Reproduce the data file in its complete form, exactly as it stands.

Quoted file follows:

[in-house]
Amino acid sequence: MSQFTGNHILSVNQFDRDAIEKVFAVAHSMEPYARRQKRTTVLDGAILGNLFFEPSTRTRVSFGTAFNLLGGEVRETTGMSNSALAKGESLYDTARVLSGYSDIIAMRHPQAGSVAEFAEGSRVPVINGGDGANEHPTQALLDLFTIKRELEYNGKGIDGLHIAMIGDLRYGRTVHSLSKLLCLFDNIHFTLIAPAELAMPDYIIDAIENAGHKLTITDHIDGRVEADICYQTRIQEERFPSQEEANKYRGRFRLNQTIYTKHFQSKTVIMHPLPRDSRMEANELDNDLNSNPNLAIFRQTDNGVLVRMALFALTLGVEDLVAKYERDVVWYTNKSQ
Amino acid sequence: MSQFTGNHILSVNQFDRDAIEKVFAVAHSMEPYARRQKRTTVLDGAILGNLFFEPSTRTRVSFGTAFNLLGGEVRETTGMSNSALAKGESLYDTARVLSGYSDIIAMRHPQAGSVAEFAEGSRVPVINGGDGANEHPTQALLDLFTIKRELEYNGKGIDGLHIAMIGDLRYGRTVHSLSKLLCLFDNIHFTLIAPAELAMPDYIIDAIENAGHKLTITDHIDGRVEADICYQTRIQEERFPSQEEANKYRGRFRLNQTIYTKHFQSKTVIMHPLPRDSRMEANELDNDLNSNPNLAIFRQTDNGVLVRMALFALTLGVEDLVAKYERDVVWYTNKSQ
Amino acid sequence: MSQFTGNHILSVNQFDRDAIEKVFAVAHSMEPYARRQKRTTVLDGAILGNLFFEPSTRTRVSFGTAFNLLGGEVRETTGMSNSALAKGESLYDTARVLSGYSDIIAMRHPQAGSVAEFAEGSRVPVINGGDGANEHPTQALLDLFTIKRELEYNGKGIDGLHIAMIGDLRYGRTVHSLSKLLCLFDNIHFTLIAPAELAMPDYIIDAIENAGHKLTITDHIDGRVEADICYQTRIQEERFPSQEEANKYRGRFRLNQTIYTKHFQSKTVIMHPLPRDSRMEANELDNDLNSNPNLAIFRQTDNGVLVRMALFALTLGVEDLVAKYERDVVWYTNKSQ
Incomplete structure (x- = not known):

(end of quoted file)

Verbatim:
[in-house]
Amino acid sequence: MSQFTGNHILSVNQFDRDAIEKVFAVAHSMEPYARRQKRTTVLDGAILGNLFFEPSTRTRVSFGTAFNLLGGEVRETTGMSNSALAKGESLYDTARVLSGYSDIIAMRHPQAGSVAEFAEGSRVPVINGGDGANEHPTQALLDLFTIKRELEYNGKGIDGLHIAMIGDLRYGRTVHSLSKLLCLFDNIHFTLIAPAELAMPDYIIDAIENAGHKLTITDHIDGRVEADICYQTRIQEERFPSQEEANKYRGRFRLNQTIYTKHFQSKTVIMHPLPRDSRMEANELDNDLNSNPNLAIFRQTDNGVLVRMALFALTLGVEDLVAKYERDVVWYTNKSQ
Amino acid sequence: MSQFTGNHILSVNQFDRDAIEKVFAVAHSMEPYARRQKRTTVLDGAILGNLFFEPSTRTRVSFGTAFNLLGGEVRETTGMSNSALAKGESLYDTARVLSGYSDIIAMRHPQAGSVAEFAEGSRVPVINGGDGANEHPTQALLDLFTIKRELEYNGKGIDGLHIAMIGDLRYGRTVHSLSKLLCLFDNIHFTLIAPAELAMPDYIIDAIENAGHKLTITDHIDGRVEADICYQTRIQEERFPSQEEANKYRGRFRLNQTIYTKHFQSKTVIMHPLPRDSRMEANELDNDLNSNPNLAIFRQTDNGVLVRMALFALTLGVEDLVAKYERDVVWYTNKSQ
Amino acid sequence: MSQFTGNHILSVNQFDRDAIEKVFAVAHSMEPYARRQKRTTVLDGAILGNLFFEPSTRTRVSFGTAFNLLGGEVRETTGMSNSALAKGESLYDTARVLSGYSDIIAMRHPQAGSVAEFAEGSRVPVINGGDGANEHPTQALLDLFTIKRELEYNGKGIDGLHIAMIGDLRYGRTVHSLSKLLCLFDNIHFTLIAPAELAMPDYIIDAIENAGHKLTITDHIDGRVEADICYQTRIQEERFPSQEEANKYRGRFRLNQTIYTKHFQSKTVIMHPLPRDSRMEANELDNDLNSNPNLAIFRQTDNGVLVRMALFALTLGVEDLVAKYERDVVWYTNKSQ
Incomplete structure (x- = not known):